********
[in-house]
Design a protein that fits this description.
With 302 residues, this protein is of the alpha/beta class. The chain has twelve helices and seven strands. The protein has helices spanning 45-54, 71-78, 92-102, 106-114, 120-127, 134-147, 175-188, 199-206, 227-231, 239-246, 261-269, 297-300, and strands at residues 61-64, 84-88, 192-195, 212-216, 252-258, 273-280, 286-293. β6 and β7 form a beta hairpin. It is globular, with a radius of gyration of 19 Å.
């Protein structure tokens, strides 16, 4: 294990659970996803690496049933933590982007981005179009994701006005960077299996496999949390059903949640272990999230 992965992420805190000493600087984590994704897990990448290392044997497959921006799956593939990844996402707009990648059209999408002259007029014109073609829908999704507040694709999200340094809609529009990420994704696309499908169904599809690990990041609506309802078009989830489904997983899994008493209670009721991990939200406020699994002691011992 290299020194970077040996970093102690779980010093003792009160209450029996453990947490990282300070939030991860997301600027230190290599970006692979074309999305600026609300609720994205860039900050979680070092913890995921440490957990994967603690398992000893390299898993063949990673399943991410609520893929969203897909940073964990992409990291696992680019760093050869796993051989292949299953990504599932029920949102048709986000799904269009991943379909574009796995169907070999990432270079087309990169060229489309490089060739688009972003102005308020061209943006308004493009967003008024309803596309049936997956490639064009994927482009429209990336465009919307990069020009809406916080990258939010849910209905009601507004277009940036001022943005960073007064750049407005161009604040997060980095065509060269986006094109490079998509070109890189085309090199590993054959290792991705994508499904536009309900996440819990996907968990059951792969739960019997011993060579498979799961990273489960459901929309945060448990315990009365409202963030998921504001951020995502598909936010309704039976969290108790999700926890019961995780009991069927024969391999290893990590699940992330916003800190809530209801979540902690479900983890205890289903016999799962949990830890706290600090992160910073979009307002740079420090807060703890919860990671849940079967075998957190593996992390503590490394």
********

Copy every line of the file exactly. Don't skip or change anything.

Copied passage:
[in-house]
Design a protein that fits this description.
With 302 residues, this protein is of the alpha/beta class. The chain has twelve helices and seven strands. The protein has helices spanning 45-54, 71-78, 92-102, 106-114, 120-127, 134-147, 175-188, 199-206, 227-231, 239-246, 261-269, 297-300, and strands at residues 61-64, 84-88, 192-195, 212-216, 252-258, 273-280, 286-293. β6 and β7 form a beta hairpin. It is globular, with a radius of gyration of 19 Å.
């Protein structure tokens, strides 16, 4: 294990659970996803690496049933933590982007981005179009994701006005960077299996496999949390059903949640272990999230 992965992420805190000493600087984590994704897990990448290392044997497959921006799956593939990844996402707009990648059209999408002259007029014109073609829908999704507040694709999200340094809609529009990420994704696309499908169904599809690990990041609506309802078009989830489904997983899994008493209670009721991990939200406020699994002691011992 290299020194970077040996970093102690779980010093003792009160209450029996453990947490990282300070939030991860997301600027230190290599970006692979074309999305600026609300609720994205860039900050979680070092913890995921440490957990994967603690398992000893390299898993063949990673399943991410609520893929969203897909940073964990992409990291696992680019760093050869796993051989292949299953990504599932029920949102048709986000799904269009991943379909574009796995169907070999990432270079087309990169060229489309490089060739688009972003102005308020061209943006308004493009967003008024309803596309049936997956490639064009994927482009429209990336465009919307990069020009809406916080990258939010849910209905009601507004277009940036001022943005960073007064750049407005161009604040997060980095065509060269986006094109490079998509070109890189085309090199590993054959290792991705994508499904536009309900996440819990996907968990059951792969739960019997011993060579498979799961990273489960459901929309945060448990315990009365409202963030998921504001951020995502598909936010309704039976969290108790999700926890019961995780009991069927024969391999290893990590699940992330916003800190809530209801979540902690479900983890205890289903016999799962949990830890706290600090992160910073979009307002740079420090807060703890919860990671849940079967075998957190593996992390503590490394």